I really love Markdown1. I love its simplicity; its readability; its plain-text nature. I love that it can be written and read with nothing more complicated than a text-editor. I love how nicely it plays with version control systems. I love how easy it is to convert to different formats with Pandoc and how it’s become effectively the native text format for a wide range of blogging platforms.
One frustration I’ve had recently, then, is that it’s surprisingly difficult to collaborate on a Markdown document. There are various solutions that almost work but at best feel somehow inelegant, especially when compared with rock solid products like Google Docs. Finally, though, we’re starting to see some real possibilities. Here are some of the things I’ve tried, but I’d be keen to hear about other options.
1. Just suck it up
To be honest, Google Docs isn’t that bad. In fact it works really well, and has almost no learning curve for anyone who’s ever used Word (i.e. practically anyone who’s used a computer since the 90s). When I’m working with non-technical colleagues there’s nothing I’d rather use.
It still feels a bit uncomfortable though, especially the vendor lock-in. You can export a Google Doc to Word, ODT or PDF, but you need to use Google Docs to do that. Plus as soon as I start working in a word processor I get tempted to muck around with formatting.
The obvious solution to most techies is to set up a GitHub repo, commit the document and go from there. This works very well for bigger documents written over a longer time, but seems a bit heavyweight for a simple one-page proposal, especially over short timescales.
Who wants to muck around with pull requests and merging changes for a document that’s going to take 2 days to write tops? This type of project doesn’t need a bug tracker or a wiki or a public homepage anyway. Even without GitHub in the equation, using git for such a trivial use case seems clunky.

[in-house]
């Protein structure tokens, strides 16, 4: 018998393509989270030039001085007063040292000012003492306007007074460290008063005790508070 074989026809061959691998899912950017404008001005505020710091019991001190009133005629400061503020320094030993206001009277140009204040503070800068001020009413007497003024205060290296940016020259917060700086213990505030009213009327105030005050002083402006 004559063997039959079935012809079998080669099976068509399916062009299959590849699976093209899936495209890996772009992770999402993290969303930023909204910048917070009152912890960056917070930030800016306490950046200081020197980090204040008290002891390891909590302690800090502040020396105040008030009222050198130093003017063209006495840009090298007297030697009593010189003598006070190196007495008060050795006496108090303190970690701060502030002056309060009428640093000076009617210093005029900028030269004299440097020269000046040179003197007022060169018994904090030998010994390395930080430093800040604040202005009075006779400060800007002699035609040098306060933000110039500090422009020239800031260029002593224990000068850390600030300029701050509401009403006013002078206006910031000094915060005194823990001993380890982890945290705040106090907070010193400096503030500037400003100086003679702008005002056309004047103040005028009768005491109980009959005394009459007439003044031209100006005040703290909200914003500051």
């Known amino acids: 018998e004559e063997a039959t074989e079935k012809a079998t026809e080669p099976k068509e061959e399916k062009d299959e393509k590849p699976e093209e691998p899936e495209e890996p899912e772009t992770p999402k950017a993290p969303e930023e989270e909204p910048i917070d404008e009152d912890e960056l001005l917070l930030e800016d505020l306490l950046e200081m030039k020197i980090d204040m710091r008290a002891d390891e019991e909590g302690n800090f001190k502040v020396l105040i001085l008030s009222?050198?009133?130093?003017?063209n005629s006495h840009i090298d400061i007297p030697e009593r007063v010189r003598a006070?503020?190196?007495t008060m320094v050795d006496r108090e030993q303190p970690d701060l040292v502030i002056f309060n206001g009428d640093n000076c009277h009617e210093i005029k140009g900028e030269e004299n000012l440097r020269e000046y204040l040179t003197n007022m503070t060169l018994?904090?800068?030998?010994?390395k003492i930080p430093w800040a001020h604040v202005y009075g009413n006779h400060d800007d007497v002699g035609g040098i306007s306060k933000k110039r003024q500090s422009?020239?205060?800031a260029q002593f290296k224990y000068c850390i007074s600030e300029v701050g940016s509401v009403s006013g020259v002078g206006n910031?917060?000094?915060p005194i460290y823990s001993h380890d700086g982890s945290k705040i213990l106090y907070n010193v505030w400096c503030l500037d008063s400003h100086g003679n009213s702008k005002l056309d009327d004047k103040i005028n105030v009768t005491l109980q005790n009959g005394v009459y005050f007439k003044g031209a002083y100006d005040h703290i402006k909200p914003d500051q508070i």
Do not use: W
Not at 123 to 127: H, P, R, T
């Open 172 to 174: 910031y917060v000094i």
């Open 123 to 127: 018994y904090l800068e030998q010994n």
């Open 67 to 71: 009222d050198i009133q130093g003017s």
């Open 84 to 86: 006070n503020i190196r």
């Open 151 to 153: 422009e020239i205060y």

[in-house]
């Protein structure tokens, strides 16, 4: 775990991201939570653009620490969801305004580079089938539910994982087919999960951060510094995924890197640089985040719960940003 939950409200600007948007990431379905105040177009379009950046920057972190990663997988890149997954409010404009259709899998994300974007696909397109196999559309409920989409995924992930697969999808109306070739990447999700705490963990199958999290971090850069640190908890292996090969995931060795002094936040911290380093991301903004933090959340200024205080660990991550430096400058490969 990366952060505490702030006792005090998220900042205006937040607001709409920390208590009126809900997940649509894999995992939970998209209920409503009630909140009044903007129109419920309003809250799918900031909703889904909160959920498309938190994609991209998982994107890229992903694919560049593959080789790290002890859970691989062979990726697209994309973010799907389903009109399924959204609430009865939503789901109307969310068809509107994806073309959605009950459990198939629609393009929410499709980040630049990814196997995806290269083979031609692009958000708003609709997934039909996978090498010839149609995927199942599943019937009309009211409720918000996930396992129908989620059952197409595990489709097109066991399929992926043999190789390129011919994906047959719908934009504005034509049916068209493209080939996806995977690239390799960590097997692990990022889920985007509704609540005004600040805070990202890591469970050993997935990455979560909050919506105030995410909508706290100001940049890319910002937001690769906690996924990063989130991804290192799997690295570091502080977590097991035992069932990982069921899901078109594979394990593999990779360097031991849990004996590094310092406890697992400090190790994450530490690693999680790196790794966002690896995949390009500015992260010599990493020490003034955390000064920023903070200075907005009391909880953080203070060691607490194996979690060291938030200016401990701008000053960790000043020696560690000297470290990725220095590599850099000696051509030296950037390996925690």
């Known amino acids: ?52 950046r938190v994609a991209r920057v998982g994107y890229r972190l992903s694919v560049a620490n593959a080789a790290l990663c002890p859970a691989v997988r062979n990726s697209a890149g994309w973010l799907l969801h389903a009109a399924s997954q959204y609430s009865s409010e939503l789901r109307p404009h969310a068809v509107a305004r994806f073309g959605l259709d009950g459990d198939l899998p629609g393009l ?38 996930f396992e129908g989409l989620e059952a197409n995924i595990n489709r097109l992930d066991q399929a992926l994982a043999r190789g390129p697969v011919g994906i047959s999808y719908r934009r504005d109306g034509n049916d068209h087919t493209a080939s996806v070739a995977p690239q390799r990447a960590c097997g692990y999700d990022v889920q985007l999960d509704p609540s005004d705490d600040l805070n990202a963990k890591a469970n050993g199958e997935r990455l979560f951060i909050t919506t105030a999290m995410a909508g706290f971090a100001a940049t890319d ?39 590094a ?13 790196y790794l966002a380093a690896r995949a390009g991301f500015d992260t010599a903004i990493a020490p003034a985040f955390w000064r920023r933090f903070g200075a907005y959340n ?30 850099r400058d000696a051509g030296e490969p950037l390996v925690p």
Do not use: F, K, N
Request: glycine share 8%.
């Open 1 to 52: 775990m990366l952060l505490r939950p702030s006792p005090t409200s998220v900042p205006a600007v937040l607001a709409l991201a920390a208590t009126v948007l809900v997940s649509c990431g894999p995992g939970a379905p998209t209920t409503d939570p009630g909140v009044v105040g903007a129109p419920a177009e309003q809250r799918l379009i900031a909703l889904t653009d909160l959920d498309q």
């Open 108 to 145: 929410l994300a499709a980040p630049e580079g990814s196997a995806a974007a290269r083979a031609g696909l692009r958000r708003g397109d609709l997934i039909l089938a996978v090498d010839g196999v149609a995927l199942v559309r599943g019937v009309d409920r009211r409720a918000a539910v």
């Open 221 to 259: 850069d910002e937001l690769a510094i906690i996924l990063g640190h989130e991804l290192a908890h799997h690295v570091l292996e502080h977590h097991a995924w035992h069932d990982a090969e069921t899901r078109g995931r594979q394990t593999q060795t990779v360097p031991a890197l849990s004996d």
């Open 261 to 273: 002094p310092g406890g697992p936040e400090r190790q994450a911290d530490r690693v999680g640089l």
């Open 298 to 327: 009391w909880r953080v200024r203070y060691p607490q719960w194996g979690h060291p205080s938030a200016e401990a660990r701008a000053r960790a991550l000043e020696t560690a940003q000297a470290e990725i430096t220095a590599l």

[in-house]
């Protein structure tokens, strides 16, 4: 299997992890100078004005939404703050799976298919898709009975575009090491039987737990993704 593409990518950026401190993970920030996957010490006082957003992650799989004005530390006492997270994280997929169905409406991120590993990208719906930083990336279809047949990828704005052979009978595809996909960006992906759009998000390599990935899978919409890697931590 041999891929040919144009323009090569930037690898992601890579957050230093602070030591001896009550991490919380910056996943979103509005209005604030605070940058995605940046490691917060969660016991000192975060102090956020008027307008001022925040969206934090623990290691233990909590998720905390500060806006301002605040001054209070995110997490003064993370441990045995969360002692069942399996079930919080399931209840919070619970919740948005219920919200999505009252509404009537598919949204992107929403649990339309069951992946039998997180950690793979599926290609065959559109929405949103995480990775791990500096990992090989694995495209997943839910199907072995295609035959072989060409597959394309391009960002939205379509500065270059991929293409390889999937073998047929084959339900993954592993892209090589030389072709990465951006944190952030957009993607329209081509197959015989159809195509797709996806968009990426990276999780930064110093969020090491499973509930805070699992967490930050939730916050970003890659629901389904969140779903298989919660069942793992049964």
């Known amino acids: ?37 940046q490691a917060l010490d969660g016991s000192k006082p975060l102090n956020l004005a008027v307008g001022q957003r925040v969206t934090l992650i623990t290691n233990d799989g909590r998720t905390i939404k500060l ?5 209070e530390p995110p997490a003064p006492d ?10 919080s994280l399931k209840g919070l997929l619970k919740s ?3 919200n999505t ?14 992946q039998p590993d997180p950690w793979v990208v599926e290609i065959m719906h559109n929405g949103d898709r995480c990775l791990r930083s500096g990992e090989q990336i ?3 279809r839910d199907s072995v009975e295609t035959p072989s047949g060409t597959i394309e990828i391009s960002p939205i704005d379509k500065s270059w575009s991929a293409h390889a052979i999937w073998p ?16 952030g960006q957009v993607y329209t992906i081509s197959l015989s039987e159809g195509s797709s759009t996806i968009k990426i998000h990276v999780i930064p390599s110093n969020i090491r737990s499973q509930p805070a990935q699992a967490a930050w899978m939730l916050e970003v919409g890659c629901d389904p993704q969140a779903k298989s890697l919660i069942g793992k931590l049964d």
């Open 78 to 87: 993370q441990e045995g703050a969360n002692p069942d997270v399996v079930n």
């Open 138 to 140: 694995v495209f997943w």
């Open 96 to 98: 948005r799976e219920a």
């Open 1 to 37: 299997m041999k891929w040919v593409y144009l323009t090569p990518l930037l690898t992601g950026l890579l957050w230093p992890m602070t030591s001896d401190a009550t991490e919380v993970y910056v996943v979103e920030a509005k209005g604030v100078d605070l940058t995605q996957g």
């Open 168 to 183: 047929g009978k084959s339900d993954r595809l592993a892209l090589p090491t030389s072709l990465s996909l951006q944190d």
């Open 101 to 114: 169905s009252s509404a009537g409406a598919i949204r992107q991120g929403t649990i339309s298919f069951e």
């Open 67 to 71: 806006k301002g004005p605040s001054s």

3. Markdown in Etherpad/Google Docs
Etherpad is great tool for collaborative editing, but suffers from two key problems: no syntax highlighting or preview for markdown (it’s just treated as simple text); and you need to find a server to host it or do it yourself.
However, there’s nothing to stop you editing markdown with it. You can do the same thing in Google Docs, in fact, and I have. Editing a fundamentally plain-text format in a word processor just feels weird though.
Overleaf and Authorea are two products developed to support academic editing. Authorea has built-in markdown support but lacks proper simultaneous editing. Overleaf has great simultaneous editing but only supports markdown by wrapping a bunch of LaTeX boilerplate around it. Both OK but unsatisfactory.
Now we’re starting to get somewhere. StackEdit has both Markdown syntax highlighting and near-realtime preview, as well as integrating with Google Drive and Dropbox for file synchronisation.
HackMD is one that I only came across recently, but it looks like it does exactly what I’m after: a simple markdown-aware editor with live preview that also permits simultaneous editing. I’m a little circumspect simply because I know simultaneous editing is difficult to get right, but it certainly shows promise.
I discovered Classeur literally today: it’s developed by the same team as StackEdit (which is now apparently no longer in development), and is currently in beta, but it looks to offer two killer features: real-time collaboration, including commenting, and pandoc-powered export to loads of different formats.
Those are the options I’ve come up with so far, but they can’t be the only ones. Is there anything I’ve missed?